An ex-fox hunt master is standing for police commissioner. Isn’t it time you checked out your local candidate?
A former army major and ex-fox hunt master is running as the Conservative candidate to become Police & Crime Commissioner (PCC) for Wiltshire and Swindon. Jonathon Seed was master of two local hunts for twenty years, from 1992 to 2012. Fox hunting with hounds was made illegal in 2004.
Seed, who says that he is “not an advocate of political correctness”, still has many close ties to hunting, and to those who promote hunting, in both his business and personal life. Despite this, he has managed to hold on to his position as a Wiltshire councillor. The Canary outlines some of Seed’s connections to fox hunting, and asks the question: can he be trusted to be PCC?
This question is particularly pertinent given that the hunting lobby is very aware that getting pro-hunting people into PCC positions around the country will be beneficial for their hobby. This can be seen when reading leaked minutes from a Master of Foxhounds Association meeting from April 2020. In the meeting, the chair states that Vote-OK, a powerful pro-hunting lobbying group, must stay afloat with £18,000 worth of donations in order to “help with next year’s PCC elections”. Vote-OK exists entirely to get pro-hunting people into positions of power.
Although there is currently no evidence that Seed is linked to Vote-OK, its existence adds weight to the questions voters need to consider when electing their PCC.
Against the fox hunting ban
Seed states that if he is elected as PCC, he will recruit 100 more police officers, who will “ensure that rural crime is targeted and dealt with”. That should, of course, include cracking down on illegal hunting and prosecuting those responsible.
When Seed was master of Avon Vale Hunt, he insisted that hunting foxes was “important for freedom“. And in 2011, he said to the Wiltshire Times:
We’ll get the ban overturned in due course…The minister in charge has said he’d like to see it overturned. We’ve just got to wait for the right time
Now that Seed is vying for the top job of PCC, he has, apparently, changed his stance. He now says:
It is true that along with many other local people and politicians I campaigned for a repeal of the ban, but as time has gone on I have changed my opinion on the ban and in recent years I have formed the view that there are more important issues to be dealt with by Parliament, our communities have moved on and I believe that we should leave the legislation as it is.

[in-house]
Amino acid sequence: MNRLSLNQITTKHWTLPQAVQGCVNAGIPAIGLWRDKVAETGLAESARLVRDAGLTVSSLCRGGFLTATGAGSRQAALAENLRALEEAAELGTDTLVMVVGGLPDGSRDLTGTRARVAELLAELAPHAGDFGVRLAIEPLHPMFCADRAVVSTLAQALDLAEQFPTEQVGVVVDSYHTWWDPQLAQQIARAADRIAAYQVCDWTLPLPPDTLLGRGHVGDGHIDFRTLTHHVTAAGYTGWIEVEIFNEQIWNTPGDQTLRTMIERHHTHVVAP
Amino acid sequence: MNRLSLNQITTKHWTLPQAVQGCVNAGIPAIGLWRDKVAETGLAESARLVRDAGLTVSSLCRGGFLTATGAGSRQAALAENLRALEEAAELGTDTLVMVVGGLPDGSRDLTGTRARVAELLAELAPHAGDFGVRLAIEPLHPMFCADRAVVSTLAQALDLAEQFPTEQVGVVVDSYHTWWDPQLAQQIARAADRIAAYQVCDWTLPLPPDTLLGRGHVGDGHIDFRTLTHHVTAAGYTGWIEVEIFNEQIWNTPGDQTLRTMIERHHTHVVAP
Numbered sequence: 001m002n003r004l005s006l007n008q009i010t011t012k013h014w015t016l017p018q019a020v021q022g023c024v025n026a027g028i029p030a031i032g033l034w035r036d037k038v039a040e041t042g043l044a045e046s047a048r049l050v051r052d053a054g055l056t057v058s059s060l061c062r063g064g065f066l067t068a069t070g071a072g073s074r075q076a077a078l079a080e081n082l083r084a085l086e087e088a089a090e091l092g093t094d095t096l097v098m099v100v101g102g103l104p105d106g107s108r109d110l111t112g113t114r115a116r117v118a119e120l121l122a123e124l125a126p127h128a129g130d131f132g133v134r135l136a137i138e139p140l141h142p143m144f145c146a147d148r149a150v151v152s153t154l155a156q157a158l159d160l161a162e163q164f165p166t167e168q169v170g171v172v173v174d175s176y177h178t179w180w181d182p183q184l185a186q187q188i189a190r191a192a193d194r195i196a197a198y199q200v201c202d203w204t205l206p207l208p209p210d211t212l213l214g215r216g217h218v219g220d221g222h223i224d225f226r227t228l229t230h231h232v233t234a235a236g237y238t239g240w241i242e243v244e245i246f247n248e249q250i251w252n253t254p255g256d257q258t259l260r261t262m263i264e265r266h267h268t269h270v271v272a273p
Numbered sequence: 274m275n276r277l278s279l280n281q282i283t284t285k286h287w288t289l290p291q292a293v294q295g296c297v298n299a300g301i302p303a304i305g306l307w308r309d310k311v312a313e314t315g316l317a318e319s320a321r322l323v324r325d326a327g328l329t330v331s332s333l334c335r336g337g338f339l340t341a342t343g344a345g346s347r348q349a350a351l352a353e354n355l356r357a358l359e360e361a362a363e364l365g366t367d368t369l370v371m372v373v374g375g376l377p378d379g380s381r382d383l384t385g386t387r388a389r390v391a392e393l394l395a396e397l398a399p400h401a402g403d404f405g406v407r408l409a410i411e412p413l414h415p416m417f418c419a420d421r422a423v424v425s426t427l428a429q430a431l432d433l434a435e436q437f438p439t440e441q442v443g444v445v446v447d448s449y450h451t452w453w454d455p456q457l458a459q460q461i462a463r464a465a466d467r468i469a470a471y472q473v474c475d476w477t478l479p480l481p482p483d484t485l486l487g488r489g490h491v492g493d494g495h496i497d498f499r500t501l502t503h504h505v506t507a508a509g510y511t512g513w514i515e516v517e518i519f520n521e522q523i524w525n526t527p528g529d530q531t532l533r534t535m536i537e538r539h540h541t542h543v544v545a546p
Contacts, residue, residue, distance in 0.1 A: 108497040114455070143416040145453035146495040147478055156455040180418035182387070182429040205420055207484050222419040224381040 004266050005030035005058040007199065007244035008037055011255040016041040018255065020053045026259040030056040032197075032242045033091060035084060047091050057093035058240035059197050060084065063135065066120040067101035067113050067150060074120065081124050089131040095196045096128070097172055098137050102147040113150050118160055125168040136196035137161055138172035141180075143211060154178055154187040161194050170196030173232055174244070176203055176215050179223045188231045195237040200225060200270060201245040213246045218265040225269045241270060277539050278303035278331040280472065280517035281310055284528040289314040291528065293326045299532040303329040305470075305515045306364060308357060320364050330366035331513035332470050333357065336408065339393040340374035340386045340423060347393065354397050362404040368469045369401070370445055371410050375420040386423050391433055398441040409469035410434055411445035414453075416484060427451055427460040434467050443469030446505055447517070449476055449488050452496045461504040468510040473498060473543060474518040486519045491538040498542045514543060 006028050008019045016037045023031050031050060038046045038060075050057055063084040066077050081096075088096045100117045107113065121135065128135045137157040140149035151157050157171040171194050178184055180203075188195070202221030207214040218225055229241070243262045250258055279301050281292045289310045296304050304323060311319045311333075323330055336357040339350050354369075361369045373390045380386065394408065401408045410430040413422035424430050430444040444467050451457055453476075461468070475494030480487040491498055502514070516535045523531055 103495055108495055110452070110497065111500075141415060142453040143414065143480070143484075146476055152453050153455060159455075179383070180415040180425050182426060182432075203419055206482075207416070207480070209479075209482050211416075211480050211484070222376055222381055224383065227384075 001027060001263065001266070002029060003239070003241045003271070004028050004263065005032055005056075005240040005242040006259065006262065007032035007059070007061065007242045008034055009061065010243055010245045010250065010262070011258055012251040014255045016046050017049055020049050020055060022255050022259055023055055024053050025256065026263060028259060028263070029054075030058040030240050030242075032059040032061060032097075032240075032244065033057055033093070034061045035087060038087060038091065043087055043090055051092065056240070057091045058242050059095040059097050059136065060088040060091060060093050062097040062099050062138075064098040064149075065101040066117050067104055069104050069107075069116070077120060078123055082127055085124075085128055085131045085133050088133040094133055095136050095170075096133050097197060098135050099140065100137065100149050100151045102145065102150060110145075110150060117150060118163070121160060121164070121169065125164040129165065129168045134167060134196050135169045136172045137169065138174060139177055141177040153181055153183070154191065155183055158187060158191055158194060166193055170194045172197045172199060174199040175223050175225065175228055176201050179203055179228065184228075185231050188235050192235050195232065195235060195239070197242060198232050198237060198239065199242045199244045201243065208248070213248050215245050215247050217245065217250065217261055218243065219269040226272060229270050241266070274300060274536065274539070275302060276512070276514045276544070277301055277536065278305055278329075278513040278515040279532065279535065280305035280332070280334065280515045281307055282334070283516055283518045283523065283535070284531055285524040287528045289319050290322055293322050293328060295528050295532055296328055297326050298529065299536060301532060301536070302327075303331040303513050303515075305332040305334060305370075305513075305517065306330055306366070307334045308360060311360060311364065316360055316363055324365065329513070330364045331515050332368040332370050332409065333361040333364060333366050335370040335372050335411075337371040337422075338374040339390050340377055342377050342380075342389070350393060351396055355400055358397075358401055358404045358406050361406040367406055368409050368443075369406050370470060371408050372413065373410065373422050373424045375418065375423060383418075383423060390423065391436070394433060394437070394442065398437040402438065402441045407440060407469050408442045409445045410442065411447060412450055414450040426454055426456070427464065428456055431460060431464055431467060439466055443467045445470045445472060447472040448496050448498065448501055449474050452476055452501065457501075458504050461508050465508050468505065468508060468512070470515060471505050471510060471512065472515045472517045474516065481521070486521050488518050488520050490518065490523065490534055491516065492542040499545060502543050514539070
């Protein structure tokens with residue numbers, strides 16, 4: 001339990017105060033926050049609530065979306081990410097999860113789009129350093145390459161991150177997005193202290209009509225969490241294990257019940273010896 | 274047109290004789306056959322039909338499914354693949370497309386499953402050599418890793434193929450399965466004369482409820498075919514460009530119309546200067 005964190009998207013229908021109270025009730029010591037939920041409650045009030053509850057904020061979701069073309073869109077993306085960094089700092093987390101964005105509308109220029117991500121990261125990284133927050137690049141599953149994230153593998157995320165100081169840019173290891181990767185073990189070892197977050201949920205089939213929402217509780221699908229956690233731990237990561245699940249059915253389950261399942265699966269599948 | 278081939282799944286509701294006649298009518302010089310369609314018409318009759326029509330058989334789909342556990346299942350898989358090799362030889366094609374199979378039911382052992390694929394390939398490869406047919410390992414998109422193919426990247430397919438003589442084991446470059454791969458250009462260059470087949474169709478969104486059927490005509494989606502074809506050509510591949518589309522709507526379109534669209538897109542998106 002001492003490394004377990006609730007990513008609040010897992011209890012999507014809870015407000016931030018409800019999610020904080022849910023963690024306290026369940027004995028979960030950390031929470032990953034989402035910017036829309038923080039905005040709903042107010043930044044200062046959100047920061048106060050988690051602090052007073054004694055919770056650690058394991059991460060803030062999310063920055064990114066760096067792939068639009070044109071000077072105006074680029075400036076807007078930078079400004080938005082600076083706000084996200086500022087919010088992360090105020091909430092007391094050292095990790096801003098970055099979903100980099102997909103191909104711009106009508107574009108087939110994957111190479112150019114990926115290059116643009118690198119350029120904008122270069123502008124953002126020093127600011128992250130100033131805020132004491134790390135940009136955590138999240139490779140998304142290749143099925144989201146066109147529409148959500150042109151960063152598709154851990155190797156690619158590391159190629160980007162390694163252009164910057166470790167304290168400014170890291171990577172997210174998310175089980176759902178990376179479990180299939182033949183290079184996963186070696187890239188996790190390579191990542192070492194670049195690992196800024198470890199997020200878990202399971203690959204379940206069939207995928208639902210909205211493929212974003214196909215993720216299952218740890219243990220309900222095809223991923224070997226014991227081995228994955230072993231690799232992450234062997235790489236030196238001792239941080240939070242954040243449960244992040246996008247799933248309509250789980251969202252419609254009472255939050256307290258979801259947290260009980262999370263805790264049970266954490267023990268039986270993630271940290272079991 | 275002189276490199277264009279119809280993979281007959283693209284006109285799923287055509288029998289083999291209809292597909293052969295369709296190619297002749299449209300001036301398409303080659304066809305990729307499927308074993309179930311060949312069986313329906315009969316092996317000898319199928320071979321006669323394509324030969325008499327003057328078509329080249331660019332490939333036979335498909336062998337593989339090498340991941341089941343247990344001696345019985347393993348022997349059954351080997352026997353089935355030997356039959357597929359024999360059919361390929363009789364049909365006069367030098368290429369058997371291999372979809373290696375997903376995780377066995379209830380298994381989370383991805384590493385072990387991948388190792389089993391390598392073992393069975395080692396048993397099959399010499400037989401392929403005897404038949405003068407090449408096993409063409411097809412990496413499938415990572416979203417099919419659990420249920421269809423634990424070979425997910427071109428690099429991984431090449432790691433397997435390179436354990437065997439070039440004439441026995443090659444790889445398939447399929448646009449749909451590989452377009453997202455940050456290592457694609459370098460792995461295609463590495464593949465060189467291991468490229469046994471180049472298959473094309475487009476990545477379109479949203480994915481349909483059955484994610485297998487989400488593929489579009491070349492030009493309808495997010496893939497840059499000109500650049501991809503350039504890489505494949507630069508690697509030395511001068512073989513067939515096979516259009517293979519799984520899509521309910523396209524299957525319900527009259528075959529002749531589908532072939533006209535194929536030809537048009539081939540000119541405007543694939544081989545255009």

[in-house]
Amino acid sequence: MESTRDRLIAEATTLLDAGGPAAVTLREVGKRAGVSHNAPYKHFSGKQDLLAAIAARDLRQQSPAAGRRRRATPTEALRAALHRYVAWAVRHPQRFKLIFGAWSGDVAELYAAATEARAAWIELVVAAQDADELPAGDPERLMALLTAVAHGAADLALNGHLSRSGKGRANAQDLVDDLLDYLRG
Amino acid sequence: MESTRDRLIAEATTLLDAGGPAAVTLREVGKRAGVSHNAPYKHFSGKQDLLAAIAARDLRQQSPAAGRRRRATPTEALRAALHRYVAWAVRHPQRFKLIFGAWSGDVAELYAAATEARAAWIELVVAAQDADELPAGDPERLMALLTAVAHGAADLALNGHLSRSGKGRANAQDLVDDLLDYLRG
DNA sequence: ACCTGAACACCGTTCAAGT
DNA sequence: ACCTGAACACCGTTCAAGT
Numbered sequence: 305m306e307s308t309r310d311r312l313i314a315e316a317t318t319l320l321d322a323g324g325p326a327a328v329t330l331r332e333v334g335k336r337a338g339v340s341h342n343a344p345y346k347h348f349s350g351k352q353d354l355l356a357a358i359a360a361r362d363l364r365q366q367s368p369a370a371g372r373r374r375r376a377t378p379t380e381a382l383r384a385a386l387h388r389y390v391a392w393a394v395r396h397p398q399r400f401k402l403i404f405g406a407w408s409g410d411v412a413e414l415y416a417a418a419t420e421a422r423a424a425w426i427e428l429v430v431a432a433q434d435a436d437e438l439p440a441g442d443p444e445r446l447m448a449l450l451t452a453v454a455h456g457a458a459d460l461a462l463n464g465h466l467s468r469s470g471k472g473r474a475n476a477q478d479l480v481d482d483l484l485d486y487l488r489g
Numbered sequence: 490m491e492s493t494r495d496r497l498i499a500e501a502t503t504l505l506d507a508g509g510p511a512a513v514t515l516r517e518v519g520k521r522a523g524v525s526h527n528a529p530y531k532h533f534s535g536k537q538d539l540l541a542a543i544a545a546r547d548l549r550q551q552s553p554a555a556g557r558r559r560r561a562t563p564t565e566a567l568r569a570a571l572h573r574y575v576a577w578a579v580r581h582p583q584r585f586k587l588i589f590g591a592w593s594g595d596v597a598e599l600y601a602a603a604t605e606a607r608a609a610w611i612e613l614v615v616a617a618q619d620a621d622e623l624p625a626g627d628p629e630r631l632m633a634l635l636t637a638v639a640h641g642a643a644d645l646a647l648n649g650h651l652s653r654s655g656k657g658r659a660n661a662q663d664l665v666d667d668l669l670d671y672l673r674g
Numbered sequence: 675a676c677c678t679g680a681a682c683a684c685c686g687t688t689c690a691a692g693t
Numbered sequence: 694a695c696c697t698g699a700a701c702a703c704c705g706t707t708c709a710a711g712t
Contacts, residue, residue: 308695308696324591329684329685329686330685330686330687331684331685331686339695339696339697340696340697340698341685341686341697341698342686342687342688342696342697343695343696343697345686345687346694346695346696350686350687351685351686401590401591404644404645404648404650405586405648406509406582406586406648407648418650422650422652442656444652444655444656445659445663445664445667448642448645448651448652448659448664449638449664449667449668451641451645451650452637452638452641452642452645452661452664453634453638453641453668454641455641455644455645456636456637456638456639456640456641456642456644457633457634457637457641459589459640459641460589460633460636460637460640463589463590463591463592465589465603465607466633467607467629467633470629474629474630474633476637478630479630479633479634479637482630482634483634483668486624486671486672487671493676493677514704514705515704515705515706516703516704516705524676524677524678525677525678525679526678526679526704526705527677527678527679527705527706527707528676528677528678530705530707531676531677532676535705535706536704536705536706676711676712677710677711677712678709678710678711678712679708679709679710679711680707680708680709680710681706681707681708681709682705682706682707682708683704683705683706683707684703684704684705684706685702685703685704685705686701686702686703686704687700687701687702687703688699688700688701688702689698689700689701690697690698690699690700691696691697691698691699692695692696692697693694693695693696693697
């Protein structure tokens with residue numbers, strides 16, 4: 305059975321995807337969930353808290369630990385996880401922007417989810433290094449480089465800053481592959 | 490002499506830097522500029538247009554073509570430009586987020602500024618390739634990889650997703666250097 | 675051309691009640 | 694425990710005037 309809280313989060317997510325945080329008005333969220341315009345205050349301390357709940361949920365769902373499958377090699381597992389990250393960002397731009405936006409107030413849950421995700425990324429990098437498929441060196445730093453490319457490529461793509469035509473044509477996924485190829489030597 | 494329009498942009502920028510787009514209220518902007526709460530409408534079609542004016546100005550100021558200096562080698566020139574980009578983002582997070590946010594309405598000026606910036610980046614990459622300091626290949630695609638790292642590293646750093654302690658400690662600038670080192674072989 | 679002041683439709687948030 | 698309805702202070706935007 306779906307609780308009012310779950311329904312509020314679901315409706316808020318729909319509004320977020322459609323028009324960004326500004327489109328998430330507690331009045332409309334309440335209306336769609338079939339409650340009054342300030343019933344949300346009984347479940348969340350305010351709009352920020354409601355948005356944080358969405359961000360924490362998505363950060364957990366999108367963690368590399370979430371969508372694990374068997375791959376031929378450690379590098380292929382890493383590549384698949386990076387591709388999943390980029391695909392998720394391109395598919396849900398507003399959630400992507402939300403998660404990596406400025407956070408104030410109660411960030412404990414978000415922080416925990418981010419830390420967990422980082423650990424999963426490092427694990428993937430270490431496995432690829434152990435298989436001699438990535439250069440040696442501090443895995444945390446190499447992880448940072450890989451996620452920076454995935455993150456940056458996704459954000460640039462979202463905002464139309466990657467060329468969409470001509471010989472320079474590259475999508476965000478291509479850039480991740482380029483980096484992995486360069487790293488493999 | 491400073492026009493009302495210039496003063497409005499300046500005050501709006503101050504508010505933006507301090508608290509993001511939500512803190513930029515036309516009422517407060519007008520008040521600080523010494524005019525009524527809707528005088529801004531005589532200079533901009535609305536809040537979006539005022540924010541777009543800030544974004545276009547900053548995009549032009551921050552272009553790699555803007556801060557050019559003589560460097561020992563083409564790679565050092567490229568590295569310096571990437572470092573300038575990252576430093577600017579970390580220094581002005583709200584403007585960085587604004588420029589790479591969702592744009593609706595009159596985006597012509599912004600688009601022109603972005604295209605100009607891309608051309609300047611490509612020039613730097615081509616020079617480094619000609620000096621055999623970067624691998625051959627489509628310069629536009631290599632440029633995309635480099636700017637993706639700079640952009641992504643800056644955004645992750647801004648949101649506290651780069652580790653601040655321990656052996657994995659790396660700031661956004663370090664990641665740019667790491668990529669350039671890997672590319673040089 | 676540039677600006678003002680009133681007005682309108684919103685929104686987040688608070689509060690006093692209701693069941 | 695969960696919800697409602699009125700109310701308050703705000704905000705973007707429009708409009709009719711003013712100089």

He also claims:
I support robust policing of all illegal activity in the countryside including illegal hunting, hare coursing, violence, and illegal interference with lawful activities in the countryside.
But a recently-leaked document reveals that Seed was listed as one of This is Hunting UK’s (TiHUK) regional coordinators in 2018. TiHUK is an organisation whose main aims include repealing the hunting ban, as well as promoting hunting to school children. One of its contributors describes its fox hunting readers as “the persecuted, minority ethnic group known as the ‘rural brit’”, arguing that hunting with hounds isn’t cruel.
Failing to declare interests
Seed says in the Wiltshire Times that:
I finished [as hunt master] nine years ago and I have not ridden with any hunt for several years. I am not a member of any fox or deer hunt or any of their supporters’ clubs.
He also claims:
My declaration of interests has always been correct and up to date throughout my time as a councillor.
Yet his register of interests fails to mention his involvement with TiHUK.
Current connections to Hunts
It seems that Seed has forgotten to update his LinkedIn page, which still says that he is chair of the hunting group Ross Harriers. He was pictured riding with the pack in the 2015-2016 season. Ross Harriers openly promotes fighting the hunting ban in its logo. Seed recently deleted Ross Harriers from his list of Facebook likes after anti-hunting campaigners flagged it.